Thursday, 12 July 2012

Fear as a Friend

“To use fear as the friend it is, we must retrain and reprogram ourselves...We must persistently and convincingly tell ourselves that the fear is here--with its gift of energy and heightened awareness--so we can do our best and learn the most in the new situation”.  Peter McWilliams, Life 101 (1995)

In my last months of chronic alcoholism, fear consumed my mind and ruled my world.  I was fearful of people, leaving the house, driving, shopping and most of all waking up in the morning to begin another day riddled with shaking and sickness.  Alcohol was my fix – it washed away all those fears and allowed me another 24 hours of relief until the next day arrived.  My daily planning was revolved around swigging down the bottles I had hidden from those I loved and making sure they were replaced before the next cycle of fear and intoxication started again. 
After detox, I was still left with the fear of not being able to cope.  How was I going to pick up the pieces of a life ruined by disease?  AA saved me from another relapse into hell.  I heard people talk about their disease and I knew that I was not alone and could relate to what others had been through.  The steps showed me there was hope – a light at the end of a dark tunnel.  With honesty, an open mind and pure willingness I did what my sponsor suggested and somewhere along the way the fear and craving for a drink was lifted.  Nothing so much insures my inability to remain peaceful, serene and sane than fear without courage or hope.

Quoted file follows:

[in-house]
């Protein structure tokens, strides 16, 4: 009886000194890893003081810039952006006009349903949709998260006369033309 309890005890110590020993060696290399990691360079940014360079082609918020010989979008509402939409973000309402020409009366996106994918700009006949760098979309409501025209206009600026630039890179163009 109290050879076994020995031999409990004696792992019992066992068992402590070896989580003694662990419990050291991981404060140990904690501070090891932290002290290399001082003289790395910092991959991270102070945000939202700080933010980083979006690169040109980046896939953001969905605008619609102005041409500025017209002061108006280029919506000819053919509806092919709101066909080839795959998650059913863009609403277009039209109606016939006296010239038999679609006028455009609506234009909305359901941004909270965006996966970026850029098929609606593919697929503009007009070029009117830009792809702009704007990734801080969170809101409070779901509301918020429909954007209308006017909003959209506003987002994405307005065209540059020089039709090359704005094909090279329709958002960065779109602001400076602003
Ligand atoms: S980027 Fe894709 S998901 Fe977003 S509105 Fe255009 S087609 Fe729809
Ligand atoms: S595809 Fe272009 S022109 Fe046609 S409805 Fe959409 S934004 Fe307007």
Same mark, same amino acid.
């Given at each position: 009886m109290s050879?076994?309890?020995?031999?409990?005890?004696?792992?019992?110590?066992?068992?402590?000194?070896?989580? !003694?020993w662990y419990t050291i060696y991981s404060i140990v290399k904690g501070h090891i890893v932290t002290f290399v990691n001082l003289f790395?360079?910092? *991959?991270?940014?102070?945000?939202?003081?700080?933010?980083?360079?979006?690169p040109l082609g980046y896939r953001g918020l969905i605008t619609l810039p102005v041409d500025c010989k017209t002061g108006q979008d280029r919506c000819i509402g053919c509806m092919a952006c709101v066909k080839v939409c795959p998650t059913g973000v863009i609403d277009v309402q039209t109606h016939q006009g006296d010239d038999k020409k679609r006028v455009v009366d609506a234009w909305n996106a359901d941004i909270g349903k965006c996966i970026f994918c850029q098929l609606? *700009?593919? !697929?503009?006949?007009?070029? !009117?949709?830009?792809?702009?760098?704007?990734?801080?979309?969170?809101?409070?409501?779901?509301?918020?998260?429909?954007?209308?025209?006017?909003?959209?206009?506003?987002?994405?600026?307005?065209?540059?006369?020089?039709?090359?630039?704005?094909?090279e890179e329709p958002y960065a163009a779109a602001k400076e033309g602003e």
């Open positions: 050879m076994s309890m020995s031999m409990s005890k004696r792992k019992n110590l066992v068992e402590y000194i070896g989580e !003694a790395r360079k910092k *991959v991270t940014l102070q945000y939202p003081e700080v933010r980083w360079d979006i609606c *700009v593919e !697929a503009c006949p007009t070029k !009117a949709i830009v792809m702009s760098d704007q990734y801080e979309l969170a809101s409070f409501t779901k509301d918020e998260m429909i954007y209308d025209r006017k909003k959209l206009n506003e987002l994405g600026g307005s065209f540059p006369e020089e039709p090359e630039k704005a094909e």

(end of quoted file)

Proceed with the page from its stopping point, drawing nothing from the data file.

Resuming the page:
I have healthy fears now – the most important one being that there is a chance of me picking up that first drink but I now have the tools to ensure that should not happen.  I have choices now to accept the things I cannot change or change the things I can.  It begins with changing me and loving and accepting me for who I am.  Life is not easy in sobriety but prayer, meditation and giving back to others keeps the mind, body and soul in harmony.
Nelson Mandela quoted “I learned that courage was not the absence of fear, but the triumph over it. The brave man is not he who does not feel afraid, but he who conquers that fear”.
I came across an article written by Stephen Edwards called “Viewing fear as a friend” and adapted it into my own words pertaining to recovery which I would like to share:

False Evidence Appearing Real
Fear is not the enemy, we are.
Fear is a powerful source that is simply providing us with an opportunity
to see something that we need to resolve within ourselves
in order to explore more of our potential.
Fear is an illusion.
It is something we create within us,
through our thoughts and emotions,
about something that has happened in our past
or something that may happen in the future.
Unfortunately, when people need to face their fears,
they Forget Everything And Run.
They lose their uncertainty of who they really are.
They lose self-confidence and the unlimited potential that lies within them.
The purpose of fear is not to make us feel inadequate
but to show us that we are powerful beyond measure.
When we are honest about our fears,
clear about our intentions,
prepared to act with COURAGE,
we are often taken over by a power far greater than ourselves
that seems to intercede on our behalf, a HIGHER POWER.
When people use fear to connect with that higher power,
they produce extraordinary results.

1 comment:

  1. Incredibly eye-opening. Gives me a new outlook on fear.